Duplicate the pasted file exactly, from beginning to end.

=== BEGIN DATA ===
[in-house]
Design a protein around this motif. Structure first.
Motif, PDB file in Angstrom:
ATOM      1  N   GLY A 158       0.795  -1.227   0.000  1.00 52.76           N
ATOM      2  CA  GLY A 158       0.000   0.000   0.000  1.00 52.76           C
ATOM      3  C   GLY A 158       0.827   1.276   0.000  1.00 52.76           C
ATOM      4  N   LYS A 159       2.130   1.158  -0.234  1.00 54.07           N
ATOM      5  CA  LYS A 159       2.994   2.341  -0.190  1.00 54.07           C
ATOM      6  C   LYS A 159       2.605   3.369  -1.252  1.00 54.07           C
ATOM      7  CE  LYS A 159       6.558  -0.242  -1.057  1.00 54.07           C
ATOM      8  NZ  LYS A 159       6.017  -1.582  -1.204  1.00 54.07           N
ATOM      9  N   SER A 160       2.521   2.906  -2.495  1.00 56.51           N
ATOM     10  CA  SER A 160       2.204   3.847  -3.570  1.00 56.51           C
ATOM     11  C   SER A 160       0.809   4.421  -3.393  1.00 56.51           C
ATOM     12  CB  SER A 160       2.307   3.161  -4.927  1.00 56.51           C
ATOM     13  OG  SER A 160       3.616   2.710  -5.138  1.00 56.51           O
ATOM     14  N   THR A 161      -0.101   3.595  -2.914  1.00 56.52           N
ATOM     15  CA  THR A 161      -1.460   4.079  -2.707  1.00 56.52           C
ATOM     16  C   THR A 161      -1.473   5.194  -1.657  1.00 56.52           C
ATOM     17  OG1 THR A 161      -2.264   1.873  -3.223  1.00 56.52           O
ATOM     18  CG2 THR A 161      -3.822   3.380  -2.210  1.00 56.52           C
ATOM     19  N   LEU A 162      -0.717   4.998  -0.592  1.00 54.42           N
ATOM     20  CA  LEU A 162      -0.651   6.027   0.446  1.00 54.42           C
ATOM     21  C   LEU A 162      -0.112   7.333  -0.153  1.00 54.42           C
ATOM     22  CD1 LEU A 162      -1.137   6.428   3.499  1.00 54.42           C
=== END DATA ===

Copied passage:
[in-house]
Design a protein around this motif. Structure first.
Motif, PDB file in Angstrom:
ATOM      1  N   GLY A 158       0.795  -1.227   0.000  1.00 52.76           N
ATOM      2  CA  GLY A 158       0.000   0.000   0.000  1.00 52.76           C
ATOM      3  C   GLY A 158       0.827   1.276   0.000  1.00 52.76           C
ATOM      4  N   LYS A 159       2.130   1.158  -0.234  1.00 54.07           N
ATOM      5  CA  LYS A 159       2.994   2.341  -0.190  1.00 54.07           C
ATOM      6  C   LYS A 159       2.605   3.369  -1.252  1.00 54.07           C
ATOM      7  CE  LYS A 159       6.558  -0.242  -1.057  1.00 54.07           C
ATOM      8  NZ  LYS A 159       6.017  -1.582  -1.204  1.00 54.07           N
ATOM      9  N   SER A 160       2.521   2.906  -2.495  1.00 56.51           N
ATOM     10  CA  SER A 160       2.204   3.847  -3.570  1.00 56.51           C
ATOM     11  C   SER A 160       0.809   4.421  -3.393  1.00 56.51           C
ATOM     12  CB  SER A 160       2.307   3.161  -4.927  1.00 56.51           C
ATOM     13  OG  SER A 160       3.616   2.710  -5.138  1.00 56.51           O
ATOM     14  N   THR A 161      -0.101   3.595  -2.914  1.00 56.52           N
ATOM     15  CA  THR A 161      -1.460   4.079  -2.707  1.00 56.52           C
ATOM     16  C   THR A 161      -1.473   5.194  -1.657  1.00 56.52           C
ATOM     17  OG1 THR A 161      -2.264   1.873  -3.223  1.00 56.52           O
ATOM     18  CG2 THR A 161      -3.822   3.380  -2.210  1.00 56.52           C
ATOM     19  N   LEU A 162      -0.717   4.998  -0.592  1.00 54.42           N
ATOM     20  CA  LEU A 162      -0.651   6.027   0.446  1.00 54.42           C
ATOM     21  C   LEU A 162      -0.112   7.333  -0.153  1.00 54.42           C
ATOM     22  CD1 LEU A 162      -1.137   6.428   3.499  1.00 54.42           C